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Buddhadharma : Fall 2007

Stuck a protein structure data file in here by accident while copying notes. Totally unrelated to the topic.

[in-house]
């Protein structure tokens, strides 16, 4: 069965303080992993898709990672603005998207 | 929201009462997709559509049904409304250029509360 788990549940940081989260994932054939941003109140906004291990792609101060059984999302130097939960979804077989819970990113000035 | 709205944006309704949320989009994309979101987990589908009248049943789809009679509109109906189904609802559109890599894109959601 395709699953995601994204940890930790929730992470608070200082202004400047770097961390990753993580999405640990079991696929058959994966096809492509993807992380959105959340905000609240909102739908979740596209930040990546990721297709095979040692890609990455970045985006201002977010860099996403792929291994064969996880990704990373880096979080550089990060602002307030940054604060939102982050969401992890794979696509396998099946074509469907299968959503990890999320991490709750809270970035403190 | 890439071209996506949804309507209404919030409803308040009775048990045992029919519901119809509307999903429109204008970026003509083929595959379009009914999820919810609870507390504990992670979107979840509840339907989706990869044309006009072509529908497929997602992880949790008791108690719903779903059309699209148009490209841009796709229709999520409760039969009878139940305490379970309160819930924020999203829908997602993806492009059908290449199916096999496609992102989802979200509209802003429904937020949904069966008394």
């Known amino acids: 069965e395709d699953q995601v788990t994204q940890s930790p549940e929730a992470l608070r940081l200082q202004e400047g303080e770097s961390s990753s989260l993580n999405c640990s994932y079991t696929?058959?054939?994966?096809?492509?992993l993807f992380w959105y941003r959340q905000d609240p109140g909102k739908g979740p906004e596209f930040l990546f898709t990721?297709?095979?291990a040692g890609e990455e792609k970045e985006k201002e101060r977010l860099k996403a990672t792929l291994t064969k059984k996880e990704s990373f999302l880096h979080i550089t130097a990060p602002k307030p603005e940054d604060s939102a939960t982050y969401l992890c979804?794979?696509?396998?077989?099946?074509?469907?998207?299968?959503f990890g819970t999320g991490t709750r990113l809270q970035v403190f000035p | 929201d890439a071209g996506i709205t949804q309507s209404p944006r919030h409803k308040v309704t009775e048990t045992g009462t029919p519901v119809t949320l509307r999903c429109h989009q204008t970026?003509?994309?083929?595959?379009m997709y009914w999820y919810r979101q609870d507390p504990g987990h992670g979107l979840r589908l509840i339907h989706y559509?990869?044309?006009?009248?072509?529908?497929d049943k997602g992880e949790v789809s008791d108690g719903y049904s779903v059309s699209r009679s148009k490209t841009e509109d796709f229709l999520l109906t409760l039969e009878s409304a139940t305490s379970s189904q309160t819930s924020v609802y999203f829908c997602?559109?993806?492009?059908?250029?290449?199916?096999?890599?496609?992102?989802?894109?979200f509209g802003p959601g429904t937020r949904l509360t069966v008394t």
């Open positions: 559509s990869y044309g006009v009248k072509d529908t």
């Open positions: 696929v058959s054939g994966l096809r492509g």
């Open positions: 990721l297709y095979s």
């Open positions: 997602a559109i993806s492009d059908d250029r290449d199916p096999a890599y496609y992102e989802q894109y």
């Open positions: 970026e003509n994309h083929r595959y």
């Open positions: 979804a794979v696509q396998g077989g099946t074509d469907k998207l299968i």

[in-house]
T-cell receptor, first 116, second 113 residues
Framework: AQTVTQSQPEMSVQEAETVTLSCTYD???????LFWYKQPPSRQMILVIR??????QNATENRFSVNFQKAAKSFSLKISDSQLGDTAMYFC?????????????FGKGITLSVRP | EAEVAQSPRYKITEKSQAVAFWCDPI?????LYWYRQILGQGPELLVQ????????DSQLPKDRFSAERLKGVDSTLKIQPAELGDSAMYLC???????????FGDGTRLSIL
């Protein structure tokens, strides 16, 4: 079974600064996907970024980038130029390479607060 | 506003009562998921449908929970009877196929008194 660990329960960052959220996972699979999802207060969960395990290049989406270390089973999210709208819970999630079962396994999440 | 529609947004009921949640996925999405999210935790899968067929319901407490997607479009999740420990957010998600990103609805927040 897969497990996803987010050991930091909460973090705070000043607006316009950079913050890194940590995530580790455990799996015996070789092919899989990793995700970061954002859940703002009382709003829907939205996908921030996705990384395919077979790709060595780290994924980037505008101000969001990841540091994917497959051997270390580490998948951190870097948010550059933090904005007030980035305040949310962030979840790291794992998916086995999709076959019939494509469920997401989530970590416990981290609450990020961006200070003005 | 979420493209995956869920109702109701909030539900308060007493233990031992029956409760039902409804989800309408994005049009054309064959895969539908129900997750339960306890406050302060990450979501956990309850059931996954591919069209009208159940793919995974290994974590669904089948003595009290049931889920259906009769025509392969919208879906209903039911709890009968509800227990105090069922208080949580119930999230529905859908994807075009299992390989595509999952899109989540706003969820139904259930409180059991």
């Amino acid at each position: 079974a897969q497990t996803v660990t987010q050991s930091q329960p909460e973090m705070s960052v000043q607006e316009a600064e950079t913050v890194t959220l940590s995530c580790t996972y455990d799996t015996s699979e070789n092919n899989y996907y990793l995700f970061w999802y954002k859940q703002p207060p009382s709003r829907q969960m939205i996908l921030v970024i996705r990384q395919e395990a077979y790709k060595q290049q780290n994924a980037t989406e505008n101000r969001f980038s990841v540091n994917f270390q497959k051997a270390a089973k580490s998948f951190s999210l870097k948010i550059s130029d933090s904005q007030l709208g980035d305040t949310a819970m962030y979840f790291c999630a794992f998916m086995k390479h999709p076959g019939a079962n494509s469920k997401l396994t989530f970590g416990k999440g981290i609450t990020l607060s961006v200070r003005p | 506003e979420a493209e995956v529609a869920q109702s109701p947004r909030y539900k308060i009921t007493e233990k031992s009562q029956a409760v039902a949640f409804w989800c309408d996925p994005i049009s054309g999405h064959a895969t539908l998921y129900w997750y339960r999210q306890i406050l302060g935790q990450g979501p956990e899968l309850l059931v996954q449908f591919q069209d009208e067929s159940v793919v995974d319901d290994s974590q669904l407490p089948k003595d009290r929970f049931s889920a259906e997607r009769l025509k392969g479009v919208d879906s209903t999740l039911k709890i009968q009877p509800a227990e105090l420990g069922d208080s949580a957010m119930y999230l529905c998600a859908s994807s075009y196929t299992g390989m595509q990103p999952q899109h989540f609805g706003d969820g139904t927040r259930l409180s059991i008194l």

buddhadharma| 25 |fall 2007 Look at our modern life! Everything is moving quickly, and it’s hard to keep up with the dizzy tempo. You try to find satisfaction, but no matter how great your effort, it seems you hardly make any progress. Finally you recognize that you cannot keep up with the bewildering, quick changes of time. That doesn’t feel good. You feel uncomfortable, upset, or sad, and you want to escape. So you cover your eyes, turn your mind away from your dissatisfaction, and live your life based on having pleasure. That is modern life. I don’t mean to criticize modern life, but something is missing. Buddha said that in order to follow the eight- fold noble path and experience liberation from suf- fering, first we have to see in the proper way and then we have to think in the proper way. Then he explained how we can liberate ourselves through the activities of speech, conduct, livelihood, effort, having a calm mind based on meditation, and con- centrating the human life force. Buddha put seeing and thinking first, because to live in peace and harmony we have to see and think about life in the proper way. When you see in the proper way, what do you see? You see the true nature of time. In Japanese we say mujo. Mu is “nothing” and jo is “per- manence,” so mujo means “no permanence,” or “impermanence.” Seeing impermanence is not to face a kind of nihilism that leads to despair; it is to become yourself, as you really are, with joy- ful, open eyes. Thinking in the proper way is not to understand life through your intellect; it is to contemplate deeply how to live every day based on wisdom. When you see the true nature of time and understand how impermanence works in your life, you can use time to cultivate your life and to keep up with the tempo of life without feeling despair. That is the basis of a complete way of human life. The Naked Nature of Time Eihei Dogen, the thirteenth-century Zen mas- ter who founded the Soto Zen school in Japan, always emphasized how important it is to see that human life is based on impermanence. In Gakudo Yojin-shu (Points to Watch in Buddhist Training), he mentions that the great patriarch Nagarjuna said, “The mind that sees into the flux of arising and decaying, and recognizes the transient nature of the world, is called the way-seeking mind.” In Shobogenzo, “Shukke-kudoku” (Merits of the Monastic’s Life), Dogen Zenji said that most peo- ple are not able to acquire the way-seeking mind of spiritual awareness without deeply understanding that a day consists of 6,400,099,180 moments. This is a wonderful number. I don’t know where Dogen found this number, but saying that there are 6,400,099,180 moments in a day is not talking about a mysterious idea; it is talking about some- thing real. A moment is called ksana in Sanskrit. Sometimes we say that one finger snap has sixty moments, so one finger snap equals sixty ksana. A Buddhist dictionary may say that a moment equals one-seventy-fifth of a second. According to the Abhidharma scriptures, a moment consists Dainin Katagiri roshi (1928–90) was born in osaKa, Japan, anD traineD at eiheiJi monastery. he worKeD closely with suzuKi roshi at the san Francisco zen center until suzuKi roshi’s Death in 1971. the Following year he became the First abbot oF the min- nesota zen meDitation center. this article is aDapteD From a new booK oF Katagiri roshi’s teachings titleD Each MoMEnt Is thE UnIvErsE, publisheD by shambhala publications, 2007. (Opposite) Untitled by Michael David Murphy